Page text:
Pakistan’s recent ban on Google’s video-sharing platform YouTube has been upheld for more than 3 years now. It was put into effect following the publication of a blasphemous video called “Innocence of Muslims” which speaks against the Prophet Muhammad (pbuh).
YouTube is the world’s leading multimedia network. As of April 2014, 1 billion people were reported to be using the site with more than 4 billion video views per day. A universe of content can be found on the site through simple keyword searching. Whether it’s something to do with politics, religion, science, economy, education or even pure dumb funny videos, YouTube makes everything accessible at the click of a button. Like the Internet in general, YouTube too has its share of “the goods” and “the bads”. The company does not concern itself with the religious, social, cultural or ethnic background of a user before allowing them to use its services. All they need are a Google account and voila, they can set up their own video channel for people to subscribe to.
We live in a deeply inter-connected world. While it is true that there are hate-mongering extremists everywhere in all shapes, forms and sizes, there are also good and neutral elements who number in the majority. Music videos and informative documentaries make up a large portion of YouTube’s database. Prominent examples such as Khan Academy are actually a free, powerful tool to make learning ‘edutaining’ for curious minds. The greater good in YouTube cannot be overshadowed by the fewer negative elements who seem to attract more attention each time another controversy emerges.
As the world’s largest search engine, if you type something obscene or blasphemous, relevant searches will be displayed through the site’s information retrieval algorithms. Does that mean Google or any its employees support, endorse or promote such content? Not at all. On the contrary, Google has on several occasions removed content if its removal has strong justifications. For example, YouTube has an online legal mechanism to remove hate speech which discriminates against several types of offences, including religion. The problem appears to lie in how well those who are offended craft their complaint. Simply posting speeches, quotes and complaints LIKE THIS IN ANGER will not help. There is always a legitimate approach toward addressing grievances.
The outright ban on YouTube is both embarrassing and nonsensical. The government should have approached the matter in a more efficient manner, employing logic instead of echoing public opinion which was mostly centred around extremist tendencies. Blasphemy against any religious personality, let alone Islamic figures, is absolutely unacceptable. Freedom of speech certainly has its moral and ethical limits otherwise that ‘freedom’ tends to sow seeds of severe misunderstanding and growing intolerance, ultimately leading to conflict.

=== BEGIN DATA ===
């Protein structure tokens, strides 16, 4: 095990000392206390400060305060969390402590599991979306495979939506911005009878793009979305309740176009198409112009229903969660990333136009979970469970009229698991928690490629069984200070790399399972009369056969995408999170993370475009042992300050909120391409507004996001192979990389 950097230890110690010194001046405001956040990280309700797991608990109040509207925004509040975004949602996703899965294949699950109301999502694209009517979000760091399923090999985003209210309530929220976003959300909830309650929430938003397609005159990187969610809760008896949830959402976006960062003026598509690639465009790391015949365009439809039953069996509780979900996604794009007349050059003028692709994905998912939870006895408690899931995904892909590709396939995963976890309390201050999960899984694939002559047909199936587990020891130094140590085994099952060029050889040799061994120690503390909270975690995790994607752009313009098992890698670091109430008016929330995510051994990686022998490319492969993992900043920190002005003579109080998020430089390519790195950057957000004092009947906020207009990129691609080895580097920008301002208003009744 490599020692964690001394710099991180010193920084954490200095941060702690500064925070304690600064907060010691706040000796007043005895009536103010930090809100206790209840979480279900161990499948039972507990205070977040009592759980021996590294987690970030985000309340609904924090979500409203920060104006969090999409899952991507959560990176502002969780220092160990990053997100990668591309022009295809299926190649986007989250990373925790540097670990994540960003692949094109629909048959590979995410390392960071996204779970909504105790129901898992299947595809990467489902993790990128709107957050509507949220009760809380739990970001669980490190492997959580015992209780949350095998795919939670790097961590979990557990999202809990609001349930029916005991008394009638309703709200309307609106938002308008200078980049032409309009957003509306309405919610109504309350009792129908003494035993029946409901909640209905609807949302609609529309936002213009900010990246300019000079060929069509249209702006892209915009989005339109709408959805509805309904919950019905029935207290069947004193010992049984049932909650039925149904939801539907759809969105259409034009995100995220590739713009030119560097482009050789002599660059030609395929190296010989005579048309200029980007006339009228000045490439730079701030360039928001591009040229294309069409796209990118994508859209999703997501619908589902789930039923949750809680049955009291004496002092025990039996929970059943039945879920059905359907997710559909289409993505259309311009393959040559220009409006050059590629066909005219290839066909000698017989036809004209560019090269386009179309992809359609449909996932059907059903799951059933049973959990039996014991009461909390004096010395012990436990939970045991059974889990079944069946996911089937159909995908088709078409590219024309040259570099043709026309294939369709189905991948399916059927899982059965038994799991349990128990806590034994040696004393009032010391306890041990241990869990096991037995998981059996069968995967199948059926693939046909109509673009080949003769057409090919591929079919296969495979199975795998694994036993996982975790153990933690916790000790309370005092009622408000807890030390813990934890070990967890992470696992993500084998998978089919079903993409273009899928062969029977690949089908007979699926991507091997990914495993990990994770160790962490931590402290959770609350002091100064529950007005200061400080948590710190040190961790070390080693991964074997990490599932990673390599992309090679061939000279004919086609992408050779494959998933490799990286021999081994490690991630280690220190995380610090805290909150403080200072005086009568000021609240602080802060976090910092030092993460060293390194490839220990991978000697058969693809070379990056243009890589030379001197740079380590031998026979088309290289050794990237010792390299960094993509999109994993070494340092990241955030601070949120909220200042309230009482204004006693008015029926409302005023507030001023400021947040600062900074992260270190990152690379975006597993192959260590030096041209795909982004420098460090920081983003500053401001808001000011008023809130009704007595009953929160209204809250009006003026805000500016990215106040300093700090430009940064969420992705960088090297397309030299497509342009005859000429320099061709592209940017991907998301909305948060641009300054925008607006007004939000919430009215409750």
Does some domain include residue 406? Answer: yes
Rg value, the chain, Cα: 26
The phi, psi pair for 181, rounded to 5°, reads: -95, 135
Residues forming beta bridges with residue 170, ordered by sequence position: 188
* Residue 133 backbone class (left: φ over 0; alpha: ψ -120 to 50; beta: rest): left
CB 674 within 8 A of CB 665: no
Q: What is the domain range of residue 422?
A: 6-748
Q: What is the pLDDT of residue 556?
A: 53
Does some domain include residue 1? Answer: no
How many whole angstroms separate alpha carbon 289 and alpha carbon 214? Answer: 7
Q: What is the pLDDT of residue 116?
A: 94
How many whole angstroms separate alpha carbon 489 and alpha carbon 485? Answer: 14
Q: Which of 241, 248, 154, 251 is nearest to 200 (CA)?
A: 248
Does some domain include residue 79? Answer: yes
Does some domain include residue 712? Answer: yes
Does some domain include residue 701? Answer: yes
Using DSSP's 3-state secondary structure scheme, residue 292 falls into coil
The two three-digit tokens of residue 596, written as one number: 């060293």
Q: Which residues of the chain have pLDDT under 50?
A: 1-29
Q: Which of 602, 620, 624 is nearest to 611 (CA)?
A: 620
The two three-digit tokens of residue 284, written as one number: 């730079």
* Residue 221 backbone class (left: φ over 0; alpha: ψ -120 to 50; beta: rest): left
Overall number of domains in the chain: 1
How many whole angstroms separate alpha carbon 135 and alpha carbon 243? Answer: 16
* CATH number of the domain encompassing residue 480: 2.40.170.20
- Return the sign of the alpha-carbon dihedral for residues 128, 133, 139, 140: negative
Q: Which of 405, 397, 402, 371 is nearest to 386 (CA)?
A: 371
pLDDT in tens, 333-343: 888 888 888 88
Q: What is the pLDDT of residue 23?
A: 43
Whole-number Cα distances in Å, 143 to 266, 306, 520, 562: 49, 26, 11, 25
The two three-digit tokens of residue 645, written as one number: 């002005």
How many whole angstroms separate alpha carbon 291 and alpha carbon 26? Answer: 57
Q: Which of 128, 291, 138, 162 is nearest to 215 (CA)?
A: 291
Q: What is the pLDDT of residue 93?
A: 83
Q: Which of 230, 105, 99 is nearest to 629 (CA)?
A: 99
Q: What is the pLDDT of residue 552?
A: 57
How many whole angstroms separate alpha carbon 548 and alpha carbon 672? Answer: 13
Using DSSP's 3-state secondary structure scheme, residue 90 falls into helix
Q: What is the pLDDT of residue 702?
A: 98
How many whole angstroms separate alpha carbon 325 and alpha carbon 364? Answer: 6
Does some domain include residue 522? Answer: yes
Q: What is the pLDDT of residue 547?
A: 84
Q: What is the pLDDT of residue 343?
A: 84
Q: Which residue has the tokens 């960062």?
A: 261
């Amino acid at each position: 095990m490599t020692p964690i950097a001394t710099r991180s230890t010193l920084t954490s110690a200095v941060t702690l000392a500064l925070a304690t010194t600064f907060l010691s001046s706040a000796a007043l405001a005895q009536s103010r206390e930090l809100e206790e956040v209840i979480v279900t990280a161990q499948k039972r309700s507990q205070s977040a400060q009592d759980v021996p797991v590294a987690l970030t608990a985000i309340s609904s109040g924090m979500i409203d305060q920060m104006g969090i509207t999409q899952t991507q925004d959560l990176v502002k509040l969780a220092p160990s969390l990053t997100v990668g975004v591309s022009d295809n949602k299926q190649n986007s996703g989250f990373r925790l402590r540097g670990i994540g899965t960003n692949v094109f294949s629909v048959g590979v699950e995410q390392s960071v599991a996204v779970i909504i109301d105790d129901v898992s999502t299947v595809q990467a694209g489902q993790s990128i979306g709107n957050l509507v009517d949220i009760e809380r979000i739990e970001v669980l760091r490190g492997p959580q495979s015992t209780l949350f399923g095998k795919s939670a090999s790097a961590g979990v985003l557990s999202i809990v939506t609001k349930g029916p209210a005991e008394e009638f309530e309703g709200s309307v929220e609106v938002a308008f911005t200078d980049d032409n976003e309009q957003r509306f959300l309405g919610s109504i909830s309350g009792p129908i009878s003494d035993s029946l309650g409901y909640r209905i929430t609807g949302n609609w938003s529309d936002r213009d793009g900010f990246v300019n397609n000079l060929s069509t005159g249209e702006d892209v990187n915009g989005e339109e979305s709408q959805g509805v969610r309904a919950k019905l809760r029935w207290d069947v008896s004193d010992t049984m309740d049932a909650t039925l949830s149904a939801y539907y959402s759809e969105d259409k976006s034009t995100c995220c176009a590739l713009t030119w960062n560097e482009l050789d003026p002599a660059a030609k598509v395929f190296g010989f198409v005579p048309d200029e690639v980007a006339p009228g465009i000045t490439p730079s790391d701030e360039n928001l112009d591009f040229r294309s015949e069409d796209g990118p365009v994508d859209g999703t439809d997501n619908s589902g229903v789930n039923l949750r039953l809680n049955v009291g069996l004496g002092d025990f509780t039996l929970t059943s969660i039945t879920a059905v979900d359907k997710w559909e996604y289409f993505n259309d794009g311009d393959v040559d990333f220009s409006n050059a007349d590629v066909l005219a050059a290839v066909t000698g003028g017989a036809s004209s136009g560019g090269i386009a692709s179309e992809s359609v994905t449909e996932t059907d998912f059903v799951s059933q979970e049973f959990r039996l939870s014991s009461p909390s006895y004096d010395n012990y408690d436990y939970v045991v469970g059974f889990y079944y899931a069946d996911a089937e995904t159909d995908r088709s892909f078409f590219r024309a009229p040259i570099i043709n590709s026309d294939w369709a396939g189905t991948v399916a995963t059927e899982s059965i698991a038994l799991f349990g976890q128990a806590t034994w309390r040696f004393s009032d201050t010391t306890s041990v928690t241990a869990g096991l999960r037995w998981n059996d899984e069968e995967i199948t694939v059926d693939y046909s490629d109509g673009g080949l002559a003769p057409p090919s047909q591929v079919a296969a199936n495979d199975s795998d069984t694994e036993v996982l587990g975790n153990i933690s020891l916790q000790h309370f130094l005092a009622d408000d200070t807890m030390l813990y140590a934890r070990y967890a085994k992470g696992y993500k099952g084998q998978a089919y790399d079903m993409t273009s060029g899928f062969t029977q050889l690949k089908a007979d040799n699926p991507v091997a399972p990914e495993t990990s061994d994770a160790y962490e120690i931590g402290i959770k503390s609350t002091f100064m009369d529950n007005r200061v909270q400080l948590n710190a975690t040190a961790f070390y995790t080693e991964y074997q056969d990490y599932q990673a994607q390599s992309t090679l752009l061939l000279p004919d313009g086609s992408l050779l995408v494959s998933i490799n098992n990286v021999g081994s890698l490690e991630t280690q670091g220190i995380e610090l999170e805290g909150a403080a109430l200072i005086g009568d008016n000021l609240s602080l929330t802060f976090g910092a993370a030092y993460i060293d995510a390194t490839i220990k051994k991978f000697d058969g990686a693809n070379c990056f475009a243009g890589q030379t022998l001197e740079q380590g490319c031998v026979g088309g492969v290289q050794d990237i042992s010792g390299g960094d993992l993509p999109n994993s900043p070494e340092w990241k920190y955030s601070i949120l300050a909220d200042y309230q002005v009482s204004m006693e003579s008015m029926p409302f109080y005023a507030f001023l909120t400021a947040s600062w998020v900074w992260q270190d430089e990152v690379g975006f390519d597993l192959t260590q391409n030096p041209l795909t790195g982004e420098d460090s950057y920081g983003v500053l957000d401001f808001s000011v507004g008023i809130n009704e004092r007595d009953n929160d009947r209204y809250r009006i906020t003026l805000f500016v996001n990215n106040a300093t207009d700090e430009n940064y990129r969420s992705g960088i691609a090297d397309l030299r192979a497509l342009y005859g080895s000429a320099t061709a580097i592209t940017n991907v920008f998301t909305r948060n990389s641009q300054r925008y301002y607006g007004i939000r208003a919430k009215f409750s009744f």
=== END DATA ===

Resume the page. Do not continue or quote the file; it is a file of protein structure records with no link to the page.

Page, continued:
This is not to suggest that YouTube is the one and only video sharing platform, but its diversity and association with Google makes it part of the global commons
Reportedly, YouTube has been reported to be publicly accessible in Pakistan (without the use of any proxy software). It appears to be a “mistake” but how long will this “unintended blessing” last? We at PakWired have been successfully streaming Virtual University (VU) video lessons to verify the claim ourselves. VU is Pakistan’s first and largest online degree-awarding universities recognized by the Higher Education Commission (HEC). VU had a dedicated channel on YouTube with hundreds of video lessons for its students which obviously became inaccessible after the ban. Imagine how much trouble it must have been to upload the same terabytes of content on an alternative website, since not everyone can buy so many CDs/DVDs. People would prefer buffering videos instead of going through the hassle of inserting/ejecting discs now and then. They come for a considerable price too.
Thus far, we’ve observed that the most vocal objection to YouTube comes from conservative elements, particularly the religious lobby, which is quite unfamiliar with the intimate workings of the World Wide Web. Denial of access to resourceful information just because of a few bad examples is unprecedented elsewhere. Their unfamiliarity with ICT technologies makes it even more difficult to try and explain to them the disadvantages of so easily disconnecting Pakistanis from the rest of the world. This is not to suggest that YouTube is the one and only video sharing platform, but its diversity and association with Google makes it part of the global commons.
We can only hope that this latest unblocking, whether planned or unintended, stays in effect. After all, wouldn’t it be sensible to try and refute blasphemous content by uploading logical arguments made in peace by Muslims? Let’s think on that for a moment.